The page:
Since it might be difficult to obtain the precise cloth you want, you can just create your own. There are several fabric printing procedures, each of which produces a unique outcome. The type of textile printing utilised is frequently determined by a variety of factors, ranging from print runs to durability. Many “myths and legends” seem to surround fabric printing. Our clients frequently struggle with understanding and selecting the best process for fabric printing, which has a huge impact on the ultimate outcome of their work. The appropriate printing process, medium, and dye type will determine whether your product turns out exactly as you anticipated. We decided to compile everything in one location since we couldn’t find a thorough and relevant description of printing kinds anywhere on the Internet. We really hope that we can make your decision much simpler!
Screen printing is a type of analogue cloth printing. Screen printing is the process of forcing paint through a printing screen consisting of a steel frame and a nylon mesh to create a print. This action can be done manually, and the paint is then squeezed manually through the screen, or using a machine, and the paint is automatically pressed through the screen by the machine. Screen printing preparation is similar to template preparation as particular areas of the grid are covered and a certain form is achieved on the cloth. Because each colour is a distinct layer, screen printing only prints one colour at a time. As a result, screen printing is not especially suggested for multicolour prints; digital printing is superior in such circumstances. Screen printing may be utilised on both material beams and ready-made clothing items such as T-shirts, purses, and accessories.
Screen printing has several restrictions on what you may print, owing mostly to the manner in which the colours are applied. During a single-machine cycle, each colour is put independently on a separate screen in screen printing. It is quite difficult to execute smooth tonal transitions in print, resulting in a smooth/seamless transition from one colour to the next in the case of screen printing. A two-colour gradient, for example, is tough to accomplish. When printing relatively simple geometric forms with a limited number of colours, screen printing works well. Furthermore, because shading, tonal transitions, and precise reproduction of details are not its strong points, it is almost impossible to print photographs using the screen printing process. As a result, it is possible to overprint coloured textiles – for example, screen printing may be used to print white patterns on black cloth.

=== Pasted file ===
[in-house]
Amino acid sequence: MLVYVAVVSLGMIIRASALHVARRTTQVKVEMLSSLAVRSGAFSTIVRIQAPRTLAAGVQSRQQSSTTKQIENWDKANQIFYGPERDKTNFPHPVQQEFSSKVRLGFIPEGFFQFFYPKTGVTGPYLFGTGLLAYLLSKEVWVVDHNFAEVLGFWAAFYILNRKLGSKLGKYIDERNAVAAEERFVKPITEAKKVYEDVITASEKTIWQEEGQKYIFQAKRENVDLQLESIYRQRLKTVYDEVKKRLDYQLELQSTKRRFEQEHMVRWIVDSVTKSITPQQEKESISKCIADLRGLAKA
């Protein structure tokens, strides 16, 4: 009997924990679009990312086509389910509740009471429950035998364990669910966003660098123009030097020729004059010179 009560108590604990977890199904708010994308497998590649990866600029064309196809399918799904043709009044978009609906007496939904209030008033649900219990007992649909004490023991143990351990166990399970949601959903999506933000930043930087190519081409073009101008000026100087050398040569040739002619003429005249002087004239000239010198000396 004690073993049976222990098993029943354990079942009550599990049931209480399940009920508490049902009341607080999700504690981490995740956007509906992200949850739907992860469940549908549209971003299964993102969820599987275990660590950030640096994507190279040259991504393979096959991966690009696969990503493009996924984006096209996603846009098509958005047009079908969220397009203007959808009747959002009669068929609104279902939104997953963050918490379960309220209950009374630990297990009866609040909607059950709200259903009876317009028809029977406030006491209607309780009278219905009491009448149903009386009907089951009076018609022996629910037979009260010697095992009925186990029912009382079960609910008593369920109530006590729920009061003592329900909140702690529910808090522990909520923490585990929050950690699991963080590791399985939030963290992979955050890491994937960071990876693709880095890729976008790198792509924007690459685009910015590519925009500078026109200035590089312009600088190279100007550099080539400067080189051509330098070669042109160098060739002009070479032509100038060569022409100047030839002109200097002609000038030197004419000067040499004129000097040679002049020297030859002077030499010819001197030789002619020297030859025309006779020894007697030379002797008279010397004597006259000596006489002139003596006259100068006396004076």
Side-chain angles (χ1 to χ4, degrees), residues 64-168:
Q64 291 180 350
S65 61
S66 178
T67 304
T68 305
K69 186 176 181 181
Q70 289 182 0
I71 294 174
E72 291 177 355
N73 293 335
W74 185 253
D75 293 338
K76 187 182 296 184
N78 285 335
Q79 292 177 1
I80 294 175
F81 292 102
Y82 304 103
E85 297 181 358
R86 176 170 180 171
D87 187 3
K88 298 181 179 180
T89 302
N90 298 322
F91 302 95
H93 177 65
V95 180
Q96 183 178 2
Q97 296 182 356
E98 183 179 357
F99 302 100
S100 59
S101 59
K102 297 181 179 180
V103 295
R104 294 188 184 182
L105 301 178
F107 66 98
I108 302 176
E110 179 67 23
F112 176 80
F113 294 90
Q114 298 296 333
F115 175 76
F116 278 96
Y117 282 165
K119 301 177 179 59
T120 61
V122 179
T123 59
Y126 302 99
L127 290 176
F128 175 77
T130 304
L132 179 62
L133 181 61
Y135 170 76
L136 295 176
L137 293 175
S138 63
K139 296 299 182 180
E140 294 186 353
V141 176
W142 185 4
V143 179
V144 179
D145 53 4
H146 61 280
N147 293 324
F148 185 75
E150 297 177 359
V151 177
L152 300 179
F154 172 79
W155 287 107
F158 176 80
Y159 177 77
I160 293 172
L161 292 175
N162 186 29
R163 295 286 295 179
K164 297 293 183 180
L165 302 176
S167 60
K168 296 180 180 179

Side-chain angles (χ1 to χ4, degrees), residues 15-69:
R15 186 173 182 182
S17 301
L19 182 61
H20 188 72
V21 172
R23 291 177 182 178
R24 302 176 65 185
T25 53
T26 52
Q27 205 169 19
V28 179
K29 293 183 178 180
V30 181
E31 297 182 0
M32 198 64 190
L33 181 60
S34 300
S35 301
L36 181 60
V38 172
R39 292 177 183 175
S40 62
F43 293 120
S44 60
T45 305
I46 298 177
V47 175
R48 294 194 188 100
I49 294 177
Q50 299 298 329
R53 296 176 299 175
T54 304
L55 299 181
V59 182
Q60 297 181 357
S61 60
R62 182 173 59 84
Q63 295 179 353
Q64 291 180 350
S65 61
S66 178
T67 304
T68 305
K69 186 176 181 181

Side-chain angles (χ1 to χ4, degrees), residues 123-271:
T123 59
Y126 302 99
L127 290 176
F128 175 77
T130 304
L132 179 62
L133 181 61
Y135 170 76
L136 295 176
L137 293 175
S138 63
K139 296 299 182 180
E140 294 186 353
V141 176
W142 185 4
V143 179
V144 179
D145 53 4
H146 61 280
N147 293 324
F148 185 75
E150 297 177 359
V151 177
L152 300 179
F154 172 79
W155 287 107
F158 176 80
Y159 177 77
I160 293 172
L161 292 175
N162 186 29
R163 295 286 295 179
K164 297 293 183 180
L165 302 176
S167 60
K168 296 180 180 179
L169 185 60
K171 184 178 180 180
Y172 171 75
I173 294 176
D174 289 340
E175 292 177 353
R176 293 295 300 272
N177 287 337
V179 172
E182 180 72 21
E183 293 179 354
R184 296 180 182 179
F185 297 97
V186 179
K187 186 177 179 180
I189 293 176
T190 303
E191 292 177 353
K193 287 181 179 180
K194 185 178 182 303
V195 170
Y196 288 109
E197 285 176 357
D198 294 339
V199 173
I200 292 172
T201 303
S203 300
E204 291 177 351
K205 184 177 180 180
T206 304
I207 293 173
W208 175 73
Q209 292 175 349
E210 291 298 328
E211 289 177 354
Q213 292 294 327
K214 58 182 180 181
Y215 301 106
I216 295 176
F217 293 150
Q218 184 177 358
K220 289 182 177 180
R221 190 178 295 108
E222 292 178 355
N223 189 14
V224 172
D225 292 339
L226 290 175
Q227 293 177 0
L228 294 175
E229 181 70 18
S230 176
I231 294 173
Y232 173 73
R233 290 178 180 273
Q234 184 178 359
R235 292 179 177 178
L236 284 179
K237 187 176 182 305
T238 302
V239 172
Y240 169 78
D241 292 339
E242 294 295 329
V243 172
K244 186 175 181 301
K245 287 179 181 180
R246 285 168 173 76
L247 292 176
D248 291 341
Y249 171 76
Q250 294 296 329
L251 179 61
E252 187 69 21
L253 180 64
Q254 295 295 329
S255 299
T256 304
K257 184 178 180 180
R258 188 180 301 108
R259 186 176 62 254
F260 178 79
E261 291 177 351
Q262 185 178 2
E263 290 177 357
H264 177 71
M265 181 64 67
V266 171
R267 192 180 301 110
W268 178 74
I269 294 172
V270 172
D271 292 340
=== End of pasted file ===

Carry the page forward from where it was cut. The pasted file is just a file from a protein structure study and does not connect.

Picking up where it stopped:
When should you use screen printing? For instance, suppose you wish to print 1000 linear metres of black material with white dots. The process of screen printing will be appropriate for carrying out a project with such a simple design. There is currently no better technology on the market for printing such designs on cloth. The foundation might be a black cloth with white dots applied with a single screen. As a result, the requirements include a big volume that covers the expense of printing screen preparation, undemanding designs, and the requirement to place colour on a very dark backdrop.
As with digital printing on paper, digital print designs on fabric allows you to generate a single print without the upfront expenditures associated with printing screens. To put it simply, digital printing on a cloth works similarly to a home inkjet printer. In reality, this type of fabric printing imposes no constraints on the project – you may print any image on the fabric, with no restrictions on the number of colours or tonal transitions between them.
Printing is the process of transferring small droplets of paint on a cloth to create a design. The printer can replicate practically any colour from the standard colour palette using a mix of four basic CMYK colours and extra so-called spot colours. On the other side, digital printing has limitations: relatively limited options for employing specific colours such as metallic, fluorescent, or, for example, the PANTONE palette. Because digital printing is often done on white cloth, creating white dots on a black backdrop entails printing the whole surface black and leaving unprinted “white dots.” As a result, choosing a different strategy is based on such a “tough” colour scheme as the screen printing method. Digital fabric printing is ideal for printing pictures, precise patterns, tonal transitions, and visually sophisticated designs.